I released ArduinoJson 6.11.0 three weeks ago, but I didn’t find the time to write a news article about it. This new revision brings four small changes that can impact your existing project. I recommend reading this article to see if you need to update your code.

NaN and Infinity

The problem

To tell you about the first change in the library, let me show you an example:

StaticJsonDocument<200> doc;
doc["value"] = NAN;
serializeJson(doc, Serial);

This code snippet produces the following JSON document:

{"value":NaN}

OK. That looks good.

Now, let’s see the same example in JavaScript:

var doc = {};
doc["value"] = NaN;
JSON.stringify(doc);

This code snippet produces the following JSON document:

{"value":null}

Oops!

Indeed, the JSON specification doesn’t support NaN, and most JSON implementations reject it. For example, all web browser consider the JSON document invalid if it contains a NaN.

Similarly, the JSON specification doesn’t support Infinity, but ArduinoJson used to support it.

So what changed?

Several users alerted me on this problem, and I decided to change the behavior of the library to match the JSON specification:

Why did ArduinoJson do that?

I always wanted ArduinoJson to be more flexible than the JSON specification; for example, it supports:

  • comments
  • single quotes
  • no quotes for keys

My goal was to move toward the JSON5 specification: “JSON for Humans.” Here is what it says:

  • Numbers may be IEEE 754 positive infinity, negative infinity, and NaN.

What sounded to be a good idea, turned out to be a mistake because it produced invalid JSON documents.

How to get the old behavior back?

ArduinoJson 6.11 supports the old and the new behaviors; you can switch between one or the other at compile time with ARDUINOJSON_ENABLE_NAN and ARDUINOJSON_ENABLE_INFINITY.

For example, to supports NaN and Infinity, like ArduinoJson 6.10, you must write:

#define ARDUINOJSON_ENABLE_NAN 1
#define ARDUINOJSON_ENABLE_INFINITY 1
#include <ArduinoJson.h>

NULL and nullptr

Again, we’ll start with an example. Suppose you have the following JSON input:

{"uuid":"42206106-8ce0-11e9-a02b-04922658cbff"}

Now, imagine that you wrote the following program to parse it:

StaticJsonDocument<200> doc;
deserializeJson(doc, input);
if (doc["uuid"] != NULL) {
    // ...
}

Does this look OK to you? It sure looked good to me at first sight, but then I remember that NULL is actually 0 (you can read my article on cpp4arduino.com), so this program is really:

// ...
if (doc["uuid"] != 0) {
    // ...
}

Does this still look OK? Well, no. We don’t want to test that UUID is not zero, we want to check if it’s present in the document.

But we also have a bigger problem: when comparing a JsonVariant with an integer, as in the if statement above, ArduinoJson 6.10 first converts the JsonVariant to an integer and then compares the values. If the conversion fails, it returns 0, so we end up with if (0 != 0) which is false, whether the value is present or not.

Longtime ArduinoJson users know that the right way to test if a JsonVariant is null is to use isNull() like that:

// ...
if (!doc["uuid"].isNull()) {
    // ...
}

You can also use containsKey() to get something more readable:

// ...
if (doc.containsKey("uuid")) {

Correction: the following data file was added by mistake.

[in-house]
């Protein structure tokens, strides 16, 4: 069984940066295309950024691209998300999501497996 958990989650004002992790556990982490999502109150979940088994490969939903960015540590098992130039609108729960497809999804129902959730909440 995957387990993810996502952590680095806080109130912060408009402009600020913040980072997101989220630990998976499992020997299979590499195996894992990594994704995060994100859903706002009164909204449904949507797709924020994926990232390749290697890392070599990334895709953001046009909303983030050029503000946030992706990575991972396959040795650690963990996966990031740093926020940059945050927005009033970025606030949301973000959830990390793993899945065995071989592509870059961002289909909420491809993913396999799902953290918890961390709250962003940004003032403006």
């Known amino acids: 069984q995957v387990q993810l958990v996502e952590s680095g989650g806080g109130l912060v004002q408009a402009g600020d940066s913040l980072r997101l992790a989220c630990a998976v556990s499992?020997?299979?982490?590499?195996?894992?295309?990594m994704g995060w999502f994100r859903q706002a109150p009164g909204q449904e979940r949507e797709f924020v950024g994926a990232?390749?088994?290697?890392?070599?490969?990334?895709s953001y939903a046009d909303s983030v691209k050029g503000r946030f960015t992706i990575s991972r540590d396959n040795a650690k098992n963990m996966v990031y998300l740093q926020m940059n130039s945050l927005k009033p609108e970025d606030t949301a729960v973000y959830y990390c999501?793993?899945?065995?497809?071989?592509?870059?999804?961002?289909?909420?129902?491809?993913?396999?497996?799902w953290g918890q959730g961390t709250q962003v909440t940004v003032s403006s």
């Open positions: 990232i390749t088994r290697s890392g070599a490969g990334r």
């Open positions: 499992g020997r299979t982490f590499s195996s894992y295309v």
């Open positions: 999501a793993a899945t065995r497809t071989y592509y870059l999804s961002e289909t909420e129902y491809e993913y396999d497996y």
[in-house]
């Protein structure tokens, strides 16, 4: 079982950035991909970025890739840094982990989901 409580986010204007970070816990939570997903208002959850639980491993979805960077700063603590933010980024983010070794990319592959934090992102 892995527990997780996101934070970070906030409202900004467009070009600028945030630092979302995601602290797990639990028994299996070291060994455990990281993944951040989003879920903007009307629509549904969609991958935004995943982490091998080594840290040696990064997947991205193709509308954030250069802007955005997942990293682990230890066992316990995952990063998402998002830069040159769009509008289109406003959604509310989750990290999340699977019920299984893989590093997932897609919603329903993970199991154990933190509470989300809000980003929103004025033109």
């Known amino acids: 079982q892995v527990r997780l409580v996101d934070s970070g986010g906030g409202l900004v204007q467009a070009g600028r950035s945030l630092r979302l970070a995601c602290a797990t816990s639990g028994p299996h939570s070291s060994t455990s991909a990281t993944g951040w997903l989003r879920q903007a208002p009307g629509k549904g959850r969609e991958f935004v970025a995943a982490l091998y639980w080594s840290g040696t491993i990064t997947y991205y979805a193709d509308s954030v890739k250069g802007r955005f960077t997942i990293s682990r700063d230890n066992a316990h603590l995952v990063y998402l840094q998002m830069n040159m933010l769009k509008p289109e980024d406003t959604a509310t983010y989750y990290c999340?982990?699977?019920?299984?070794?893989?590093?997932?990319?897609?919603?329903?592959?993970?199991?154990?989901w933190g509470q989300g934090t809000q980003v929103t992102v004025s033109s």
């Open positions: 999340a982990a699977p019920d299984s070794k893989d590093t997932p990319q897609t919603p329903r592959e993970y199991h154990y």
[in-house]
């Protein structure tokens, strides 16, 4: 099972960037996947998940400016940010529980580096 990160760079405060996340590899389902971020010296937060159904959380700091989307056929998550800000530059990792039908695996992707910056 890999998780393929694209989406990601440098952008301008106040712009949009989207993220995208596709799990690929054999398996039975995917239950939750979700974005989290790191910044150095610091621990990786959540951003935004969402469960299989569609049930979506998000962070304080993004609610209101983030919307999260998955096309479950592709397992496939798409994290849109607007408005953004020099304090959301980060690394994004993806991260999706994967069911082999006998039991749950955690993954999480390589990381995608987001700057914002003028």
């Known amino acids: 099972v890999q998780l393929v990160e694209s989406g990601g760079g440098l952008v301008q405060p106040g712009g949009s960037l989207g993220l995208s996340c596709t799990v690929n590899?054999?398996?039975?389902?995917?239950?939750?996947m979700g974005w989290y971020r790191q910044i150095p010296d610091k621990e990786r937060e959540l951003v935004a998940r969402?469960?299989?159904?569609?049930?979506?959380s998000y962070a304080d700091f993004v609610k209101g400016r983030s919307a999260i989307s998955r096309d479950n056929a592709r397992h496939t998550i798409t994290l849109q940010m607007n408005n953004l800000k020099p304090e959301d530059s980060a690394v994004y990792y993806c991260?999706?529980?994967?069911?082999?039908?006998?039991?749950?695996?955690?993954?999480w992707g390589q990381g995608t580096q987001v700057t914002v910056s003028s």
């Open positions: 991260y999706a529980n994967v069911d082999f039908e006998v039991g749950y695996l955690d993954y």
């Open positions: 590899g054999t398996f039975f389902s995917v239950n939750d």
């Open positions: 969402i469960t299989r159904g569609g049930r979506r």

// ...
}

Now, with version 6.11, you can also use nullptr:

// ...
if (doc["uuid"] != nullptr) {
    // ...
}

nullptr differs from NULL because it is strongly-typed, so ArduinoJson doesn’t confuse nullptr with an integer. I invite you to read my article on cpp4arduino.com to learn more.

Implicit conversion in comparison operators

The issue with NULL revealed another problem in the comparison operator. Take the following program:

if (doc["value"] == 0) {
    // ...
}

Because ArduinoJson converted the variant to an integer, the result of the expression was true when the variant was not convertible to integer. Quite a pitfall!

To avoid that, I removed the implicit conversion in the comparison operators. Now if (variant == 0) only matches if the variant contains the integer 0. If you want to go back to the old behavior, you must explicitly cast the variant: if (variant.as<int>() == 0).

The “or” operator

The “or” operator allows you to specify a default value when the one in the JsonDocument is missing or incompatible. Here is an example:

int port = doc["port"] | 80;

ArduinoJson 6.10 added integer overflow prevention in JsonVariant::as<T>() and JsonVariant::is<T>(), but I forgot to do something about the “or” operator.

For example, in the following program, printed 44 instead of 42, because 300 overflowed the uint8_t:

doc["value"] = 300;
uint8_t answer = doc["value"] | (uint8_t)42;

To fix this problem, the “or” operator now considers out-of-range values as invalid and returns the default value. With ArduinoJson 6.11, the variable answer contains 42, as expected.

Unfortunately, to make this work, I had to remove a feature of the “or” operator. In older versions, it converted floats to integers; with version 6.11, it returns the default value instead. Here is an example:

doc["value"] = 666.0;
int answer = doc["value"] | 42;

The variable answer contains 666 in ArduinoJson 6.10 and 42 in ArduinoJson 6.11.

Conclusion

You can download ArduinoJson 6.11.0 from the Arduino Library Manager or from the release page on GitHub.

I hope the small breaking changes introduced in version 6.11 won’t impact your program.

As usual, if you have any question, please open an issue on GitHub. Lastly, remember that you can support the development of the project by purchasing Mastering ArduinoJson.

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